Farmers in Latin America and the Caribbean will see billions in lost revenue over the next two decades if a complete ban on deforestation is put in place, highlighting the need for compensatory actions to alleviate poverty in affected rural areas, according to a new pilot study by the Inter-American Development Bank. The study also found that a deforestation ban would have a negligible impact on food prices.
Smaller countries with fewer economic alternatives within and outside of agriculture in Central America and the Caribbean would suffer disproportionately from the ban, while larger and more diverse countries such as Brazil may eventually benefit from the ban, according to the paper “Agriculture Greenhouse Emissions in Latin America and the Caribbean,” which was presented during a seminar at the development bank’s headquarters in Washington D.C.
The study forecasts that a hypothetical complete ban on land cleared for agriculture in tropical areas of Latin America and the Caribbean could generate potential large agricultural losses in these areas. For example, in 2030 farmers will receive $12.7 billion (in 2000 U.S. dollars) less than they otherwise would without a ban. Although there is much uncertainty regarding the value of greenhouse gas emissions in the marketplace, compensating farmers for refraining from land clearing may only offset over half of the total agricultural losses associated with the ban, when taking into consideration the average 2009 price of roughly $4.30 per ton of carbon dioxide equivalent, the bank said.
Latin America and the Caribbean is coming under intense pressure to boost agriculture output to meet rising world demand for food, biofuels and animal feed, which is expected to increase by between 50 percent and 85 percent from 2009 to 2030. Deforestation and forest degradation are today’s main source of greenhouse emissions in
the region and scientific studies suggest policies to halt destruction of forest cover will be key to stabilize worldwide greenhouse emissions. The study is part of efforts by the development bank to improve information on and understanding of the potential costs and benefits of policies seeking to mitigate and adapt to climate change.
“Our study supports other empirical studies indicating that the potential income that the rural poor could receive from protecting the forest is much smaller than the income they would typically get by clearing land to grow crops,’’ said Eirivelthon Lima, a natural resources economist at the bank. He coordinated the study, together with Stephen A. Vosti, an economist from the University of California, Davis. “A complete ban on land clearing in the tropics of Latin America and the Caribbean would therefore require compensatory policies to make the ban feasible and to prevent local poverty from increasing.”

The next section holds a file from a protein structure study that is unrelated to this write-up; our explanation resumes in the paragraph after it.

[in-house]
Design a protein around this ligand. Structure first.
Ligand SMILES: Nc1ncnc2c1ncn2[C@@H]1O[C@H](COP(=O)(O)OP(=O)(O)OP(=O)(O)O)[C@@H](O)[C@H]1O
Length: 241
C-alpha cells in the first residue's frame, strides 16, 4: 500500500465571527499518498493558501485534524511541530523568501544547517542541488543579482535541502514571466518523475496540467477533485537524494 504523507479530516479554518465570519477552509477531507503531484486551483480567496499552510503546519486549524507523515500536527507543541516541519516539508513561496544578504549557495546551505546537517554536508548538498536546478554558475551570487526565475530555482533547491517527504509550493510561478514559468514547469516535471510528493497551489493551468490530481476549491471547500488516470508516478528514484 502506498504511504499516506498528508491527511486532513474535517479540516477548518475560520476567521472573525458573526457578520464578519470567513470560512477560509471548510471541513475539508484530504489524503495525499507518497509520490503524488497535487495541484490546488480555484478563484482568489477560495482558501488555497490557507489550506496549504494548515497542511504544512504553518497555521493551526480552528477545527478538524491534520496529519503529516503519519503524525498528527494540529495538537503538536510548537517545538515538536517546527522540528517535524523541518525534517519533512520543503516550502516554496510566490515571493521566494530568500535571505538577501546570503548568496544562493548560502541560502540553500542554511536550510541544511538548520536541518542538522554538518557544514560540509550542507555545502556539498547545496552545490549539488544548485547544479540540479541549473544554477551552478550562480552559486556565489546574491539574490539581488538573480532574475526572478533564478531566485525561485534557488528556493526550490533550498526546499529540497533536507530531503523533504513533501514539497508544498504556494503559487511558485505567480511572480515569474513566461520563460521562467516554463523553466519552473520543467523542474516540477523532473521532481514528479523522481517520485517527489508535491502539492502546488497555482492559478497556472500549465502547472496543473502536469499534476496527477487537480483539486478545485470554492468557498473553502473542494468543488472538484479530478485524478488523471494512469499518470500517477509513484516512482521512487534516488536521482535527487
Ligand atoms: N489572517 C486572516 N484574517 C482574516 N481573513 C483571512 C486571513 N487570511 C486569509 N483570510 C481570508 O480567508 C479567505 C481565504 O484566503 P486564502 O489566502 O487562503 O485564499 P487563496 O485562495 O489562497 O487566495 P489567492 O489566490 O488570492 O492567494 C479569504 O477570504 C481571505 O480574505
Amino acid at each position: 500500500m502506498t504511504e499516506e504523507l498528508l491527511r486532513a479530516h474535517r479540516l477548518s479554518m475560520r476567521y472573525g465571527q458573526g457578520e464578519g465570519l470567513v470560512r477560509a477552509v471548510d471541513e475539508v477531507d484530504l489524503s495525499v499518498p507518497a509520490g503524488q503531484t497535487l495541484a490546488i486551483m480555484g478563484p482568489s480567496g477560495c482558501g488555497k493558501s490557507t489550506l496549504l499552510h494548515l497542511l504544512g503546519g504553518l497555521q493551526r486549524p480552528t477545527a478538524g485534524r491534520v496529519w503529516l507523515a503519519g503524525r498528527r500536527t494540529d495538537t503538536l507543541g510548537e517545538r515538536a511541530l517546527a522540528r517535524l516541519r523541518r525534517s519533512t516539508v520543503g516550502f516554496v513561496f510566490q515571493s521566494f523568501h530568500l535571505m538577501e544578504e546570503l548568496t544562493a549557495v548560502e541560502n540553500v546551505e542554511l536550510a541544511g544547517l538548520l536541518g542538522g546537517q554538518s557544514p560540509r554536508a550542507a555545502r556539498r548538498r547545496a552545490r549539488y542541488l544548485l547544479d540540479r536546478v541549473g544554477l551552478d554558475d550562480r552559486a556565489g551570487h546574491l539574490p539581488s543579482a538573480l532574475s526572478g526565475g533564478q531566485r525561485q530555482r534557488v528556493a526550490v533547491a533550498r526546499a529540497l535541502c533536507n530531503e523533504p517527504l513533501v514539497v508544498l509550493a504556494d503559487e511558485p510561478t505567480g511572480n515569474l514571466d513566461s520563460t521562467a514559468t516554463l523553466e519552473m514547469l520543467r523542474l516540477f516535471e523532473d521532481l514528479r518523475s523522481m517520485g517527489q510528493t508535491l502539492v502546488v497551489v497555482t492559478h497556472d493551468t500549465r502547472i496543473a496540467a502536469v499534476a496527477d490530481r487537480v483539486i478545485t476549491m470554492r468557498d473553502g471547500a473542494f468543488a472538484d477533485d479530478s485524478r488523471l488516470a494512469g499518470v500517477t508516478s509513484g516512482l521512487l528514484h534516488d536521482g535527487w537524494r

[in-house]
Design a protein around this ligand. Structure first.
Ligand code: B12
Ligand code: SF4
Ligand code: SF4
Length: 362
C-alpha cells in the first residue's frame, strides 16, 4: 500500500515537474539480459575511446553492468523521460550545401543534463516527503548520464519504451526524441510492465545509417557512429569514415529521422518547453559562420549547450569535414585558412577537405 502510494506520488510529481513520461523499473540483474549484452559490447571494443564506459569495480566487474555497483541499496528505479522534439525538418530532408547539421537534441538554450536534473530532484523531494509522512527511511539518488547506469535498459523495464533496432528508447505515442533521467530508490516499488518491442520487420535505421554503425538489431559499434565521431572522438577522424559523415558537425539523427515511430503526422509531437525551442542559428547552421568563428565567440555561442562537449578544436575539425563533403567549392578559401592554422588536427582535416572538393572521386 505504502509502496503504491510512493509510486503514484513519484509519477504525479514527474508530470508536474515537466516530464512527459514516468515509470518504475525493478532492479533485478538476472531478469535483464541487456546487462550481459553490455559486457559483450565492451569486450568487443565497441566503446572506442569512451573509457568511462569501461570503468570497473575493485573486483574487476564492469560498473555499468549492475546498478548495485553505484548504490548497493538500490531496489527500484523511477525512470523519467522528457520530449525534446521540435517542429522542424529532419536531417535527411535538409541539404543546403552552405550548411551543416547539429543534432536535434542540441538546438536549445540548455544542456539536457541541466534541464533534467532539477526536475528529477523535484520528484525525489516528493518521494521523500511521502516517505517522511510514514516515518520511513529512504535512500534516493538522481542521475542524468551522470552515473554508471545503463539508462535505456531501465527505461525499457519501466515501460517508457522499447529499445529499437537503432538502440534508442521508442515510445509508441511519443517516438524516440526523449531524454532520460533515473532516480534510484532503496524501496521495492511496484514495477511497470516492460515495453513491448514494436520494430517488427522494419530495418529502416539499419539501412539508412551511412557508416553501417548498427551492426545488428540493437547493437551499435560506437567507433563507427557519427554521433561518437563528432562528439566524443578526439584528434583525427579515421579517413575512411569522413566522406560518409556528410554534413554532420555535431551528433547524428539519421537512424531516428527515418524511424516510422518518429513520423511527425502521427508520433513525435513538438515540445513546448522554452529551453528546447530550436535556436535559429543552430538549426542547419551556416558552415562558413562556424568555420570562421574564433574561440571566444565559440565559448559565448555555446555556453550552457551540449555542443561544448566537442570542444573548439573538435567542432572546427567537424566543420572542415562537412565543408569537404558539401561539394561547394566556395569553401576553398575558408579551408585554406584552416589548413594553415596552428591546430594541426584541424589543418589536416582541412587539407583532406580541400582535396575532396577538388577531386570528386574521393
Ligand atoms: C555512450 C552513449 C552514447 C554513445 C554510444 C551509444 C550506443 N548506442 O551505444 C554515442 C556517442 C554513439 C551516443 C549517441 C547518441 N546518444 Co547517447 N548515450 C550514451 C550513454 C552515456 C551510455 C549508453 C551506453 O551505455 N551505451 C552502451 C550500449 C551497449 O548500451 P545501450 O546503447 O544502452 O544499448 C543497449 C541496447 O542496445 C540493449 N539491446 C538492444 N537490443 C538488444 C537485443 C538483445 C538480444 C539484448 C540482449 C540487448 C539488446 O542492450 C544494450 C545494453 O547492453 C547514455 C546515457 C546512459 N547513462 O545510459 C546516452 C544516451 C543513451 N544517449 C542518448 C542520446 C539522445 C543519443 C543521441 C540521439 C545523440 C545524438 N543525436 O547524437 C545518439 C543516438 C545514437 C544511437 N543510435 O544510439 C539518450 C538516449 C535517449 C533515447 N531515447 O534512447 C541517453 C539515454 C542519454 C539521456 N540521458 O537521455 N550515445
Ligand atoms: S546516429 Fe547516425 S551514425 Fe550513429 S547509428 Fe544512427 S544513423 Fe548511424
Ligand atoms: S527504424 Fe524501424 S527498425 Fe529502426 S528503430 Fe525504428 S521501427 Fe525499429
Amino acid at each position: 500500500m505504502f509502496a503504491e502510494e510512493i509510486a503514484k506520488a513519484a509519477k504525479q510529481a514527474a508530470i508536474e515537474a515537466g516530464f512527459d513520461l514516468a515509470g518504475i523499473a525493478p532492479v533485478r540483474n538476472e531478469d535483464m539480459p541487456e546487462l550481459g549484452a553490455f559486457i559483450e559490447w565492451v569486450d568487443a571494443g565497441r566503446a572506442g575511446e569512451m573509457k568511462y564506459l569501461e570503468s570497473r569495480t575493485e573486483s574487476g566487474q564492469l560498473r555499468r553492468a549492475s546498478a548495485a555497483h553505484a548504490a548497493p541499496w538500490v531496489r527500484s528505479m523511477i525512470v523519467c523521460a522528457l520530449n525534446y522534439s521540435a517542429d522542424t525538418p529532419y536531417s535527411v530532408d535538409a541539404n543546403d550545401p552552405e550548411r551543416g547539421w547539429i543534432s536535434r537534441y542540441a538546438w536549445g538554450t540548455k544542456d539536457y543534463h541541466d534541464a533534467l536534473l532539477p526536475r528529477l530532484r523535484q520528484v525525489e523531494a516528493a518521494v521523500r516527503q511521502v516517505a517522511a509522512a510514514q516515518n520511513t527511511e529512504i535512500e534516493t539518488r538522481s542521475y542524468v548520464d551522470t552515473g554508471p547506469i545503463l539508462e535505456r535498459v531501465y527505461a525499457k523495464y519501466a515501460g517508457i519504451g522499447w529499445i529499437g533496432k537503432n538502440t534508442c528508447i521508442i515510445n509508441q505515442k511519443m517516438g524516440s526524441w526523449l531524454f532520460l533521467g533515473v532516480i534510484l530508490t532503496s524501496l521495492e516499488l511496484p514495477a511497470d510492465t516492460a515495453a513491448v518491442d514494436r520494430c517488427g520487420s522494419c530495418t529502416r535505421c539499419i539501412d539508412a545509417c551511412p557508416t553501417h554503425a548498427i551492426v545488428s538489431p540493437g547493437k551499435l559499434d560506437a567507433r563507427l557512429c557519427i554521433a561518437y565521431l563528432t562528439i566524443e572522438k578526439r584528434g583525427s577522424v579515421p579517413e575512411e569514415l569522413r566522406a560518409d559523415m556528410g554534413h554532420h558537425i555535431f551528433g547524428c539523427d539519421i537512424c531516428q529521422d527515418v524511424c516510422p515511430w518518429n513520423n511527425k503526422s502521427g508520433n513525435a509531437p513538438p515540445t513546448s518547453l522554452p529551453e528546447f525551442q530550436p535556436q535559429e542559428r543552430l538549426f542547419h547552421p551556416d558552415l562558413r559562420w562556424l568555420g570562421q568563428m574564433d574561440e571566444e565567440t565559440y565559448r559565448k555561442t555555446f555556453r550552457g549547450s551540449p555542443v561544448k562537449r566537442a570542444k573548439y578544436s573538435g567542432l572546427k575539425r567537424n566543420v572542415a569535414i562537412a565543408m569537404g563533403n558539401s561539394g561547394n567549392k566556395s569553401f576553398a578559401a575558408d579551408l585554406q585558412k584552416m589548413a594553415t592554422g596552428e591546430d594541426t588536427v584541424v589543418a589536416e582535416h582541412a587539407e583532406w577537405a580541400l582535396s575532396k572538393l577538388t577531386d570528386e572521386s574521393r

The economic losses stemming from the ban would be unevenly distributed in tropical areas. The northern South American rim around the Amazon would suffer approximately 32 percent of all losses. The ban would also induce agriculture productivity to increase and product mix to change in non-tropical areas in the region, which could generate economic gains of approximately $3.4 billion and some additional greenhouse gases emissions.
Globally, the effects of deforestation ban on poverty would be very small as producers and consumers worldwide are expected to adjust to the absence of food supplied by hypothetically protected areas. Food prices would essentially be maintained on their long-term baseline trend. This is very good news for the poor, including the very large urban populations in Latin America and the Caribbean, said the bank.
The study also forecasts that over the next 20 years livestock will surpass deforestation as the major source of greenhouse emissions in Latin America and the Caribbean.